Whippings, fines, burnt tongues, severed ears: such were the Puritans' penalties for breaches of the Sabbath. Under the "blue laws" of the 1700s, the punishments could be invoked for simple misdeeds ranging from shuffleboard to skipping church.
Most colonial edicts have gone the way of scarlet letters. But one has remained intact in states from Connecticut to Texas: the ban on Sunday sales of alcohol. Now, a stubborn seam of Puritanical America is coming undone.
With Gov. Mitt Romney's decision last week, Massachusetts joined five states that have relaxed bans on Sunday sales in the past 18 months.
Today, as the United States marks the 70th anniversary of the repeal of Prohibition, supporters of the repeal call this trend the natural confluence of flagging state economies and a steady erosion of antiquated blue laws.
Critics decry it as an attack on the Sabbath - and on leisure itself. And both sides agree it's a further indication that Sunday is becoming just an ordinary day.
"The lifting of blue laws, in their own way, seems to de-emphasize religion, as well as close family, community, and neighborhood ties," says David Laband, an economics and policy professor at Auburn University in Auburn, Ala., and author of "Blue Laws: The History, Economics and Politics of Sunday-Closing Laws." "It is part of a broader social and cultural trend toward isolation."
To be sure, recent repeals are the consequence of state budget gaps, not a simple relaxation of the nation's moral code. The Massachusetts plan was part of a $100 million stimulus package that included spending and tax credits. New York, Delaware, and Pennsylvania have also lifted regulations on Sunday alcohol sales this year, with the aim of raising tax revenues.
"The states are in their worst fiscal shape in recent history," says Frank Coleman, senior vice president of the Washington-based Distilled Spirits Council of the United States. The national trade association estimates that sales in Massachusetts could generate $1.5 million to $2.1 million in new tax revenue for the state.
Still, some observers in the religious community wonder whether this is another lost battle between commercialization and God. Sunday is already the second-busiest shopping day of the week, after Saturday. "We saw the remaining liquor laws as a last vestige [of Sunday rest]. We see an unfortunate slippage into every day being the same," says the Rev. Diane Kessler, the executive director of the Massachusetts Council of Churches. "Consumerism ... is in danger of becoming an idolatry."
Most blue laws - which included bans on Sunday travel, hair-cutting, and sweeping the house - had waned by the time of the American Revolution.
But those on alcohol, and those setting aside Sunday as a day of rest, gained prominence in temperance movements throughout the 19th century, says Peter Drummey, librarian at the Massachusetts Historical Society. Many remained intact even after the 21st amendment ended Prohibition in 1933, giving states control of alcohol laws.
In Boston, home of John Winthrop and Cotton Mather, Puritan traditions have thrived. Many recall days, just decades ago, when stores were shuttered on Sundays. "What did we do back then?" says Jerry Marks, a beer salesman in Randolph, Mass.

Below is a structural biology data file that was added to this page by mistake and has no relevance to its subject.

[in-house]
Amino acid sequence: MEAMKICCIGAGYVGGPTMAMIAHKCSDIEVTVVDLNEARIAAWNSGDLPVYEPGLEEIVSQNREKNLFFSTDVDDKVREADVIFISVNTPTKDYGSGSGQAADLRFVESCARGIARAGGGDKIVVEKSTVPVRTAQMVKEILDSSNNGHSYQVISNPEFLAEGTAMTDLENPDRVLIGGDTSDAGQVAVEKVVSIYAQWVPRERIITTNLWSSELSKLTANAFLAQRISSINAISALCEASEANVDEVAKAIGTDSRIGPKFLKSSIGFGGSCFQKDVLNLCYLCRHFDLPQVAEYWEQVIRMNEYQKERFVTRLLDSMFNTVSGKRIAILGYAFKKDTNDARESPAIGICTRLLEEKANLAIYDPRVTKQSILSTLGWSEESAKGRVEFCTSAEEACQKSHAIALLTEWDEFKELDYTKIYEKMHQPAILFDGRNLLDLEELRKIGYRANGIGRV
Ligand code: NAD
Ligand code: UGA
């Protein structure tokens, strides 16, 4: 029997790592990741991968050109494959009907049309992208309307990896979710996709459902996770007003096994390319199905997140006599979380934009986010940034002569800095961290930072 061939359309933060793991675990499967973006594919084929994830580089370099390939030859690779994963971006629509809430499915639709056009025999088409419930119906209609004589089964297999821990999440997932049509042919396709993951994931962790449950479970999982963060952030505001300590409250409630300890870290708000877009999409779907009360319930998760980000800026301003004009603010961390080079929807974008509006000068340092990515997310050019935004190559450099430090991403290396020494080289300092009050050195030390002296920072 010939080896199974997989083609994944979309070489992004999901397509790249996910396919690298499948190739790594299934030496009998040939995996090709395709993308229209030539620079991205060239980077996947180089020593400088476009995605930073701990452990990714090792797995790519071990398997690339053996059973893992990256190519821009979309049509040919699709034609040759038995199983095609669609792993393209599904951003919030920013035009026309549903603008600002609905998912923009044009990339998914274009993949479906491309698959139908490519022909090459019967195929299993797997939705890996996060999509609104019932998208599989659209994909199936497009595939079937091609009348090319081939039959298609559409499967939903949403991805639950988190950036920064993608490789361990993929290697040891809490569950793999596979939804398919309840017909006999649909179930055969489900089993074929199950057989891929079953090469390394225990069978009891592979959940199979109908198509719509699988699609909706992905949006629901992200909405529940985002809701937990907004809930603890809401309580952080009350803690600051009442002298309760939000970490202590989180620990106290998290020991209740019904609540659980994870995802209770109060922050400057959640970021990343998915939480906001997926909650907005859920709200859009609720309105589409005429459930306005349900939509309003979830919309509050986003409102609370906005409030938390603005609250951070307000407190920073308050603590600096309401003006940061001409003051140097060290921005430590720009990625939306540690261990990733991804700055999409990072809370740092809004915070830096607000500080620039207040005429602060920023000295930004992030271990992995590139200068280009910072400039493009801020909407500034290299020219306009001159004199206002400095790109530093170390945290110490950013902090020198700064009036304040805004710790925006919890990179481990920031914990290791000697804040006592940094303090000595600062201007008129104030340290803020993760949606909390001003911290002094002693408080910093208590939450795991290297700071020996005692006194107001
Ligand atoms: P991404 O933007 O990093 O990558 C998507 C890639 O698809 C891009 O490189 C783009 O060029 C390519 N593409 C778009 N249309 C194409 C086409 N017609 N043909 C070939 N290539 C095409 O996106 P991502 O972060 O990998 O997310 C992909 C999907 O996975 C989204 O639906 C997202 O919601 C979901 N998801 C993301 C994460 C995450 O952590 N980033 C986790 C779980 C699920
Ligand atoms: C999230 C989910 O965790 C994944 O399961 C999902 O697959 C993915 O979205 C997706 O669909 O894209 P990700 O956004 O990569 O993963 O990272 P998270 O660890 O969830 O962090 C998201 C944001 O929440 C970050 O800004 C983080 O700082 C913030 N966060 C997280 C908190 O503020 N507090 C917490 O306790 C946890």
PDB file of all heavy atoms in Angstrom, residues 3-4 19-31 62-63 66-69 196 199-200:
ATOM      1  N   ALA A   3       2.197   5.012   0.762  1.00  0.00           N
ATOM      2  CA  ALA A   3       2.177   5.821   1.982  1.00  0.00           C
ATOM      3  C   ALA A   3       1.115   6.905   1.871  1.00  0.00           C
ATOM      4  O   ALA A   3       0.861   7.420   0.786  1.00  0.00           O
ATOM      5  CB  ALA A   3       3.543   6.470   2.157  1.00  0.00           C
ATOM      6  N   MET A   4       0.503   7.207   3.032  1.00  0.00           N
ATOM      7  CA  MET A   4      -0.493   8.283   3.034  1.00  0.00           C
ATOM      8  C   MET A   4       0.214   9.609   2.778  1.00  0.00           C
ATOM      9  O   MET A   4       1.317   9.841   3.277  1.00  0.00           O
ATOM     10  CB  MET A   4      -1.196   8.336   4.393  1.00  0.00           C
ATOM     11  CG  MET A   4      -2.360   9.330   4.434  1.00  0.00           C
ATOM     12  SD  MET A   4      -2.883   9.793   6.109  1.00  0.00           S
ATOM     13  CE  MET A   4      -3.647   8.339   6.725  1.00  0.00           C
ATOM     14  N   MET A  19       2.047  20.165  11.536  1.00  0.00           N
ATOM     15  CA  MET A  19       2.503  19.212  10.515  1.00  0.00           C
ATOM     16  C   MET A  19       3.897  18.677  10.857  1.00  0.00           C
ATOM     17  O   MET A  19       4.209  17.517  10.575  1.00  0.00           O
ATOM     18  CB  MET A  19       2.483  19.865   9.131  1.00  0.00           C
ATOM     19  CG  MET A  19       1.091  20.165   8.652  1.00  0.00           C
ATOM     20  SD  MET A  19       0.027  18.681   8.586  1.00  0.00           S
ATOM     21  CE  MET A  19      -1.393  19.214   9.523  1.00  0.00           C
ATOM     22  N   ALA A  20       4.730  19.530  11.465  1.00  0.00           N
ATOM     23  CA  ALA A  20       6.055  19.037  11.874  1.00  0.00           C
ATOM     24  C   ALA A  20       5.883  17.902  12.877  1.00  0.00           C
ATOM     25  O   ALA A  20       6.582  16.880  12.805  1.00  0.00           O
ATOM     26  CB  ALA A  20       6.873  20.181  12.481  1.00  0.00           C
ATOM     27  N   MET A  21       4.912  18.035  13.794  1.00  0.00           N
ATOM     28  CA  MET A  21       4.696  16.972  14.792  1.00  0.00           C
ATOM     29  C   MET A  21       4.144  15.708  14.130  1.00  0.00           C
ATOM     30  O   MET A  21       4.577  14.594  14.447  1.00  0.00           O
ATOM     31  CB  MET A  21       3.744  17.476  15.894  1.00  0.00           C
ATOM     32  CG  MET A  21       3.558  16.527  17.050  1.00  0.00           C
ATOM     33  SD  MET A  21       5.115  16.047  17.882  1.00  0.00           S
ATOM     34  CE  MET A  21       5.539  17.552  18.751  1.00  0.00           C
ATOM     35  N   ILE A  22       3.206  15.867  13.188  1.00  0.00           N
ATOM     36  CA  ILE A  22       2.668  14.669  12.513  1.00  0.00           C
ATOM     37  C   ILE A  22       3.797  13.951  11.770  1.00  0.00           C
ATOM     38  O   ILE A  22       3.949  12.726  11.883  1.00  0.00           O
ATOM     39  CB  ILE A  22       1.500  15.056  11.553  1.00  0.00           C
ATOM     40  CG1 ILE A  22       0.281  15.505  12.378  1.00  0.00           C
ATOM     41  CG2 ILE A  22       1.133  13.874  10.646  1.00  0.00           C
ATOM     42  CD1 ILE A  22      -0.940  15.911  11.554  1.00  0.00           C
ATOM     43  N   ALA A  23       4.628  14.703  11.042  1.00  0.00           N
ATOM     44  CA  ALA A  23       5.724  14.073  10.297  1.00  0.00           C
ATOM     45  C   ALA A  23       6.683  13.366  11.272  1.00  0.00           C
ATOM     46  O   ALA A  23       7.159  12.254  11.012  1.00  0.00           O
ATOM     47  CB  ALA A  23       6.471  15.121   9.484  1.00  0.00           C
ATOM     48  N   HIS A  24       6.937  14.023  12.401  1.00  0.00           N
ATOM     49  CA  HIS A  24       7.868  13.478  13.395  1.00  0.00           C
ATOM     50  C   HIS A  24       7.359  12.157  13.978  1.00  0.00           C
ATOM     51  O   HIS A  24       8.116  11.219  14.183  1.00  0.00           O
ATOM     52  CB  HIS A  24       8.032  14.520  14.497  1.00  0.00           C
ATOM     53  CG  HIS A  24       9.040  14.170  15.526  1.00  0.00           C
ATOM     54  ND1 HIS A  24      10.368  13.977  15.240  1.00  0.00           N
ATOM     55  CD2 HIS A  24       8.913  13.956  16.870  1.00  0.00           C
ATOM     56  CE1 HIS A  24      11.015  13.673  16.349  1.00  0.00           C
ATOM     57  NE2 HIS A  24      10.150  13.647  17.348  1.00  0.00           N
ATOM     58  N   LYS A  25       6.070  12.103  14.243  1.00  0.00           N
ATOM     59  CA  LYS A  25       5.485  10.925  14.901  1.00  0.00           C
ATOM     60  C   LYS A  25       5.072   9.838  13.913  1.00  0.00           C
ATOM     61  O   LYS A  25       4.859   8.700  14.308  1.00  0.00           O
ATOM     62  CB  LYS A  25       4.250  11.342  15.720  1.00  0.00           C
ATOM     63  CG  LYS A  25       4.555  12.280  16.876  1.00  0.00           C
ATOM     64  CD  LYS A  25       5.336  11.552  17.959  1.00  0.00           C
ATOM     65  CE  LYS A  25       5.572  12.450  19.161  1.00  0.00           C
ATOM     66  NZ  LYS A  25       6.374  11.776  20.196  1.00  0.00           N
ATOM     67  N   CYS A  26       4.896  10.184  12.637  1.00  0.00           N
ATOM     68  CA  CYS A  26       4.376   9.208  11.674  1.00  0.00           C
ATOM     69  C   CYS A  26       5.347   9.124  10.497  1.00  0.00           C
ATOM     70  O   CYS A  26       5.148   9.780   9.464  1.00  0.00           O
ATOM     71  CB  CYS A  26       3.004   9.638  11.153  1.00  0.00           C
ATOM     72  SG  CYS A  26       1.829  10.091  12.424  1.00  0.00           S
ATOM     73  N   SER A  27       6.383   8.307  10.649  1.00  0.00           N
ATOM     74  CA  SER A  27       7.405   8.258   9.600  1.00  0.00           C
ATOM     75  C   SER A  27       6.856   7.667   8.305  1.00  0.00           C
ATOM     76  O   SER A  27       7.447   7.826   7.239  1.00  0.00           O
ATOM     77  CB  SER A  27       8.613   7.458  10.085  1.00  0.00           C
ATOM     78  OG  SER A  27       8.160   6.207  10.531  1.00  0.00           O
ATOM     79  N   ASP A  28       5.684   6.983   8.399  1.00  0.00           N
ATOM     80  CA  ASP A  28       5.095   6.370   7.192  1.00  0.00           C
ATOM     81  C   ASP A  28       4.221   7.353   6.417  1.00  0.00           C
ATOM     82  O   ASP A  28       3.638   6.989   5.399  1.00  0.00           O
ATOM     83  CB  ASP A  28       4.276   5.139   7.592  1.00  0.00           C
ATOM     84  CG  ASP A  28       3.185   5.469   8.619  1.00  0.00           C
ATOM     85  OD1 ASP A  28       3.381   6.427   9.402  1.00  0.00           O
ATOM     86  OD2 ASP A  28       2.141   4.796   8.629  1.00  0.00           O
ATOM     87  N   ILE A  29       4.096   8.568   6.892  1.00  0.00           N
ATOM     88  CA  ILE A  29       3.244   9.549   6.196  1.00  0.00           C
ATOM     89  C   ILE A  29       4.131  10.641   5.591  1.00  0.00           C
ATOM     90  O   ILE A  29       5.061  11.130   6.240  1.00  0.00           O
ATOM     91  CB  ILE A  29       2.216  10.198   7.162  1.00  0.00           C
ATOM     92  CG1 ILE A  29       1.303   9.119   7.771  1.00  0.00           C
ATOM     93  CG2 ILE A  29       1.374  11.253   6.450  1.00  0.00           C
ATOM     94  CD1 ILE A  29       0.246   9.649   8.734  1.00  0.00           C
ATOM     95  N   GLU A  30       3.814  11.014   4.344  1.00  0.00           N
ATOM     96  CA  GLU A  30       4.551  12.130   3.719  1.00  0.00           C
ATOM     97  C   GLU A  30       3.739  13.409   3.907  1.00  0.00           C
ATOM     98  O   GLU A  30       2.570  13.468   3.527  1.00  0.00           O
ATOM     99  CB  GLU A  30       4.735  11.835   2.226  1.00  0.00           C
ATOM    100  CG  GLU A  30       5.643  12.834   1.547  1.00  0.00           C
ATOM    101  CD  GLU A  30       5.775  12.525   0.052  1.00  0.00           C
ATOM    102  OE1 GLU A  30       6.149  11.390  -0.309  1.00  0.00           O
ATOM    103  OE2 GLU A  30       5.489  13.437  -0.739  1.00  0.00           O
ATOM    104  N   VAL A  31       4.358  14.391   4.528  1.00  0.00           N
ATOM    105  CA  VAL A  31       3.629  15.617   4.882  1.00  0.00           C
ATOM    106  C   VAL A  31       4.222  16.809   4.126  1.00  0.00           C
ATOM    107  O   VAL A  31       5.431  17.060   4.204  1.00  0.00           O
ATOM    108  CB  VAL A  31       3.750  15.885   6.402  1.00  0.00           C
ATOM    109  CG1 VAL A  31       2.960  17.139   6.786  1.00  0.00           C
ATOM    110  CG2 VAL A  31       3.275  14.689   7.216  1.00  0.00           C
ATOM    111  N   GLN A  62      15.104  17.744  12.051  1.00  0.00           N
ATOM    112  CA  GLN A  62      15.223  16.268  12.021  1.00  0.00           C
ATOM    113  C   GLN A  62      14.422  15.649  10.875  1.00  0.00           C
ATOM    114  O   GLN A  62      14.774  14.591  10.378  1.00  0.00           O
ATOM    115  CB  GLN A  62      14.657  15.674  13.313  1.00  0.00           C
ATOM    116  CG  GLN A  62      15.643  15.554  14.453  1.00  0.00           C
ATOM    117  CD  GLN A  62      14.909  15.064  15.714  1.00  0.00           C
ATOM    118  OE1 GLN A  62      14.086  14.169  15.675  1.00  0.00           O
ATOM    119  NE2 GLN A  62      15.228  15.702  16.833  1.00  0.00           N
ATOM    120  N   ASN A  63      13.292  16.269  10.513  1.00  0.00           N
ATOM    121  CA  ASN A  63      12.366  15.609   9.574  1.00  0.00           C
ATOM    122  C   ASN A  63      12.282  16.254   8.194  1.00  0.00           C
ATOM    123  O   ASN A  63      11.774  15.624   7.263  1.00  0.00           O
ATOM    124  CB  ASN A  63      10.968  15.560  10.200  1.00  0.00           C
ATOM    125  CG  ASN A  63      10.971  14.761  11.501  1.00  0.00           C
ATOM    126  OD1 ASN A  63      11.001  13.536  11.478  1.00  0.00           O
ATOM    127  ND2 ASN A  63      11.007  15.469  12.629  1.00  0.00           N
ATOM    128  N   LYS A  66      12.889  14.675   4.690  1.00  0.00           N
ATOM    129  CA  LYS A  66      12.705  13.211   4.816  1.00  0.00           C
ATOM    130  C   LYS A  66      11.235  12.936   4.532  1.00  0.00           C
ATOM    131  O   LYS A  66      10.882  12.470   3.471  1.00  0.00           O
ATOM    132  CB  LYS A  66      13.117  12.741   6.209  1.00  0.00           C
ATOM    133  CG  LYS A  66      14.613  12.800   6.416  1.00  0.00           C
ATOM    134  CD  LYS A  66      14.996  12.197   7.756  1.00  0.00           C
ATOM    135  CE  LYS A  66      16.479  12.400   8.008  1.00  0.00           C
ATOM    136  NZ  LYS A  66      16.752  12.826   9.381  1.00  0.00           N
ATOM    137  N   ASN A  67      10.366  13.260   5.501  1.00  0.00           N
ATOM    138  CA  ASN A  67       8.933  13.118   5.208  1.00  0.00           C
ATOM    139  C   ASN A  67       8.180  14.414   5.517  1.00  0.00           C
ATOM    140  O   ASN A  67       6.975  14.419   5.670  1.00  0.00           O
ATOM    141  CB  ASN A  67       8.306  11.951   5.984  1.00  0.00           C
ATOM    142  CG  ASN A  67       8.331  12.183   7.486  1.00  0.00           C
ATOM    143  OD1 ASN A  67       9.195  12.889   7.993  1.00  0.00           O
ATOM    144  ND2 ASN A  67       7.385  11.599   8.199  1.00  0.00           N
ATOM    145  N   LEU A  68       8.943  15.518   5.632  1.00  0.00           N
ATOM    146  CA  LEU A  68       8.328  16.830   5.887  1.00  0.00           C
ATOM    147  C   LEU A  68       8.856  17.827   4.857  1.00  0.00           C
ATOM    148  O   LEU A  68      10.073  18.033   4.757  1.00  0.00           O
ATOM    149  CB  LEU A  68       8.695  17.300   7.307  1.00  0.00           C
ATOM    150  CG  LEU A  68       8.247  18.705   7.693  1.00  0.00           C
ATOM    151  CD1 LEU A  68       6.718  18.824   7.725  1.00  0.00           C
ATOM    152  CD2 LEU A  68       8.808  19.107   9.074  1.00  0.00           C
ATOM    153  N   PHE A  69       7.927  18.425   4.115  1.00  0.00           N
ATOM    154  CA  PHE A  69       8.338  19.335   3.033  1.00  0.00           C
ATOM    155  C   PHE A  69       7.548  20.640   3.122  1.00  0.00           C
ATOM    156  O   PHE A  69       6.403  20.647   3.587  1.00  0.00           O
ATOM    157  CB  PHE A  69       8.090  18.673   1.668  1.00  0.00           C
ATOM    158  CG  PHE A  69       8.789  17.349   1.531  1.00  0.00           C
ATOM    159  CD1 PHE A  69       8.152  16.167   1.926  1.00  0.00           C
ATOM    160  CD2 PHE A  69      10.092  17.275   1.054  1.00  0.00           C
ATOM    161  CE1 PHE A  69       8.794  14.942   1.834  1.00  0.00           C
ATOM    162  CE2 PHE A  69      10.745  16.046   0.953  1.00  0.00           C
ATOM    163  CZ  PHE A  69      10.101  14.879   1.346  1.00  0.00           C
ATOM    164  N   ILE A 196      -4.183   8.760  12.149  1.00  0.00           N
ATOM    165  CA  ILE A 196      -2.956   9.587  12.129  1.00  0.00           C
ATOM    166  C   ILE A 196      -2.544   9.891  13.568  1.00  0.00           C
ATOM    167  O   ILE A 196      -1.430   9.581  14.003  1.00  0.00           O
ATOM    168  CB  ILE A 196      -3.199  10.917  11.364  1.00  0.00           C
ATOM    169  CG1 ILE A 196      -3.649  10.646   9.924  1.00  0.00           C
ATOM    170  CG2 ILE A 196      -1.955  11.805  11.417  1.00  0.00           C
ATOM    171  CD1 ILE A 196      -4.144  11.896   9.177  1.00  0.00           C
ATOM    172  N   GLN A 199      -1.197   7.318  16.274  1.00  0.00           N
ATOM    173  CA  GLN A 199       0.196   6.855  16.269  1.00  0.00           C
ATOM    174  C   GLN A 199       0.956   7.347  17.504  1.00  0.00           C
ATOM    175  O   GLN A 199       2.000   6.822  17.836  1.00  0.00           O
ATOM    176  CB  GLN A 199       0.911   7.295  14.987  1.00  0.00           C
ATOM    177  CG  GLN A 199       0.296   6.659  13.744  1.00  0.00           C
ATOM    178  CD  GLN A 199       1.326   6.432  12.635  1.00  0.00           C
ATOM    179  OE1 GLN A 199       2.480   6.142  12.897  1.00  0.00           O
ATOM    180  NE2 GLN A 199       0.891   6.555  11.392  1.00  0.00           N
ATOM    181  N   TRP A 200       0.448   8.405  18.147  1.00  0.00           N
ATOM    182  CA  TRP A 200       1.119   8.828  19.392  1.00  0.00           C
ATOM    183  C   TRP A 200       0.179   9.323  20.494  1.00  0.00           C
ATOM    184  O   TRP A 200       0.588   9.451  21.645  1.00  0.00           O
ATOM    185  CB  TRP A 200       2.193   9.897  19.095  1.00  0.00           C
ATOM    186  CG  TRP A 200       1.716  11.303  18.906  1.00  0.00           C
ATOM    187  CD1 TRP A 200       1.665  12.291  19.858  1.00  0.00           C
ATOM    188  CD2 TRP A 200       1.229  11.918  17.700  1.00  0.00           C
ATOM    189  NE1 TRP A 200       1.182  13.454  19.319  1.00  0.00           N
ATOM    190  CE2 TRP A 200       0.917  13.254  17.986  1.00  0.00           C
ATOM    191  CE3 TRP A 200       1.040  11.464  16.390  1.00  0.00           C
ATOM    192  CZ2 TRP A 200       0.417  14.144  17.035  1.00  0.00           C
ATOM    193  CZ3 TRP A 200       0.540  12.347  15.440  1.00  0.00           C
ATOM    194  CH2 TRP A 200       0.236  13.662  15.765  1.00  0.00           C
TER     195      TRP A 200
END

Laws making Sunday a day of rest began deteriorating during World War II, when women entered the manufacturing sector. "A hundred years ago, women could shop six days a week, and take the Sabbath off," says Laband. "Now, increasingly, shopping has become compressed into the weekend."
For store owners and managers, though, it's a mixed bag. Many in Boston doubt the new hours will increase sales; instead, liquor sales will be spread throughout the week, and owners will have to pay staff on Sundays. Stores can choose to remain closed, of course - but they risk losing their customer base if nearby competitors stay open.
Andrew Stern, manager of the Wine Emporium in Boston's South End neighborhood, says the family-run store will open on Sundays for a trial period to gauge cost-effectiveness. But he believes Sunday sales are in customers' best interests, and calls the repeal "part of this country's coming of age." "Everything else is open on Sundays," he says. "Why can't this be, too?"
Down the street looms the Union United Methodist Church, an imposing American Gothic cathedral. There, the Rev. Martin McLee worries that the repeal could make Sunday seem less sacred. "The sacredness of the Sabbath can be preserved, without crossing the line separating church and state," he says. "It has worked for centuries; why change now?"
While blue laws are most closely linked to Puritan New England, they've sparked debates nationwide, especially in the Bible Belt. "These 'don't laws' are being called into question across the South," says Robert Snyder, professor of American studies at the University of South Florida. "Part of the undercurrent here is that you can't legislate morality."
And these repeals may spur others. Already, 27 states have relaxed alcohol laws. "You have this domino effect because of cross-border sales," says Mr. Coleman. Connecticut's Gov. John Rowland said he'd support ending his state's ban - a day after Massachusetts' law took effect.
Like other battles between church and state, the repeal of remaining blue laws may be a sign of how secular America has become. "Religion doesn't play a central role in politics anymore," says Mr. Drummey. "This does represent a shift - more of a symbolic changeover from another time,"
And it's a sign, too, of America's growing pluralism. "The Sabbath was a time for religion, for family, to renew kinship bonds," says Dr. Snyder. "But religion isn't static in this country. Sunday, Christmas, Easter - these aren't necessarily the days of celebration for everybody anymore. [The repeals] show how dynamic society is, and how much things change."